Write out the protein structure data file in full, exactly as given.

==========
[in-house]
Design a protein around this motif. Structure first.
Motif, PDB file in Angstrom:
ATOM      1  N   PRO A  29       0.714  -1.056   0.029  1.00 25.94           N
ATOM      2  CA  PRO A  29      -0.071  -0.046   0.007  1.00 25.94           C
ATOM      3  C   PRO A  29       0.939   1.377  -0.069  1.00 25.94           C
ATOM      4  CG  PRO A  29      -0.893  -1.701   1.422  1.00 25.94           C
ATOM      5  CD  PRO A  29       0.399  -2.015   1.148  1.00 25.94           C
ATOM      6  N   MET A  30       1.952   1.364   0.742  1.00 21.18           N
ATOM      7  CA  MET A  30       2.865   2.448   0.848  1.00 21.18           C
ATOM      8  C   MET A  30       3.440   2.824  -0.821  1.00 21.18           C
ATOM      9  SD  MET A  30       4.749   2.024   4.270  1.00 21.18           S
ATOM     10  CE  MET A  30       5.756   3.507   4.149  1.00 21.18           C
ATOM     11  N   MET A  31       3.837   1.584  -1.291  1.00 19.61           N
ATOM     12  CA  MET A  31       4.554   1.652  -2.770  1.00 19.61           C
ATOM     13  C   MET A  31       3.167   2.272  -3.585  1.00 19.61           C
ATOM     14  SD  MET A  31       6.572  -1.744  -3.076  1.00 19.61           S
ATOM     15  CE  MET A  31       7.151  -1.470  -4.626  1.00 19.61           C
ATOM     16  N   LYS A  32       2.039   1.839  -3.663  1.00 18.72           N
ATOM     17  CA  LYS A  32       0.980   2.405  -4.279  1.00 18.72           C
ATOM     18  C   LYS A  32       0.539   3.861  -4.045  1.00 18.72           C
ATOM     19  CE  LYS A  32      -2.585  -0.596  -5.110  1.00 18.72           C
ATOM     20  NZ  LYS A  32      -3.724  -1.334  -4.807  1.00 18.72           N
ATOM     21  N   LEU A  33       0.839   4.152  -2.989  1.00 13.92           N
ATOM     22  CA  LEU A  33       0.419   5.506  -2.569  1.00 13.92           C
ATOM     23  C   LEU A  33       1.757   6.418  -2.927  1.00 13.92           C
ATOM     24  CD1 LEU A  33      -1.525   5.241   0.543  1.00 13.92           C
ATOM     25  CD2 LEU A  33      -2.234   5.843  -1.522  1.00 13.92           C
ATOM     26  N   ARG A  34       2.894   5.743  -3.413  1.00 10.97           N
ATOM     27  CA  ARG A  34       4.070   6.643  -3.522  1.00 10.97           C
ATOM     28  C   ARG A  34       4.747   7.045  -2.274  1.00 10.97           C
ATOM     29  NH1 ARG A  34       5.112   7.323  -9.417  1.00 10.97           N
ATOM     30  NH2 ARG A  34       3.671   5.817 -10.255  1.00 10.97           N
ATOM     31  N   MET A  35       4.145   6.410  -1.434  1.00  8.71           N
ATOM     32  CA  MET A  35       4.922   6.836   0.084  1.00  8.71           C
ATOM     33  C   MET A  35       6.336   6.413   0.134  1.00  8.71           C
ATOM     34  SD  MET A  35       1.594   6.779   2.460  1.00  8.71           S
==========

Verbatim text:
[in-house]
Design a protein around this motif. Structure first.
Motif, PDB file in Angstrom:
ATOM      1  N   PRO A  29       0.714  -1.056   0.029  1.00 25.94           N
ATOM      2  CA  PRO A  29      -0.071  -0.046   0.007  1.00 25.94           C
ATOM      3  C   PRO A  29       0.939   1.377  -0.069  1.00 25.94           C
ATOM      4  CG  PRO A  29      -0.893  -1.701   1.422  1.00 25.94           C
ATOM      5  CD  PRO A  29       0.399  -2.015   1.148  1.00 25.94           C
ATOM      6  N   MET A  30       1.952   1.364   0.742  1.00 21.18           N
ATOM      7  CA  MET A  30       2.865   2.448   0.848  1.00 21.18           C
ATOM      8  C   MET A  30       3.440   2.824  -0.821  1.00 21.18           C
ATOM      9  SD  MET A  30       4.749   2.024   4.270  1.00 21.18           S
ATOM     10  CE  MET A  30       5.756   3.507   4.149  1.00 21.18           C
ATOM     11  N   MET A  31       3.837   1.584  -1.291  1.00 19.61           N
ATOM     12  CA  MET A  31       4.554   1.652  -2.770  1.00 19.61           C
ATOM     13  C   MET A  31       3.167   2.272  -3.585  1.00 19.61           C
ATOM     14  SD  MET A  31       6.572  -1.744  -3.076  1.00 19.61           S
ATOM     15  CE  MET A  31       7.151  -1.470  -4.626  1.00 19.61           C
ATOM     16  N   LYS A  32       2.039   1.839  -3.663  1.00 18.72           N
ATOM     17  CA  LYS A  32       0.980   2.405  -4.279  1.00 18.72           C
ATOM     18  C   LYS A  32       0.539   3.861  -4.045  1.00 18.72           C
ATOM     19  CE  LYS A  32      -2.585  -0.596  -5.110  1.00 18.72           C
ATOM     20  NZ  LYS A  32      -3.724  -1.334  -4.807  1.00 18.72           N
ATOM     21  N   LEU A  33       0.839   4.152  -2.989  1.00 13.92           N
ATOM     22  CA  LEU A  33       0.419   5.506  -2.569  1.00 13.92           C
ATOM     23  C   LEU A  33       1.757   6.418  -2.927  1.00 13.92           C
ATOM     24  CD1 LEU A  33      -1.525   5.241   0.543  1.00 13.92           C
ATOM     25  CD2 LEU A  33      -2.234   5.843  -1.522  1.00 13.92           C
ATOM     26  N   ARG A  34       2.894   5.743  -3.413  1.00 10.97           N
ATOM     27  CA  ARG A  34       4.070   6.643  -3.522  1.00 10.97           C
ATOM     28  C   ARG A  34       4.747   7.045  -2.274  1.00 10.97           C
ATOM     29  NH1 ARG A  34       5.112   7.323  -9.417  1.00 10.97           N
ATOM     30  NH2 ARG A  34       3.671   5.817 -10.255  1.00 10.97           N
ATOM     31  N   MET A  35       4.145   6.410  -1.434  1.00  8.71           N
ATOM     32  CA  MET A  35       4.922   6.836   0.084  1.00  8.71           C
ATOM     33  C   MET A  35       6.336   6.413   0.134  1.00  8.71           C
ATOM     34  SD  MET A  35       1.594   6.779   2.460  1.00  8.71           S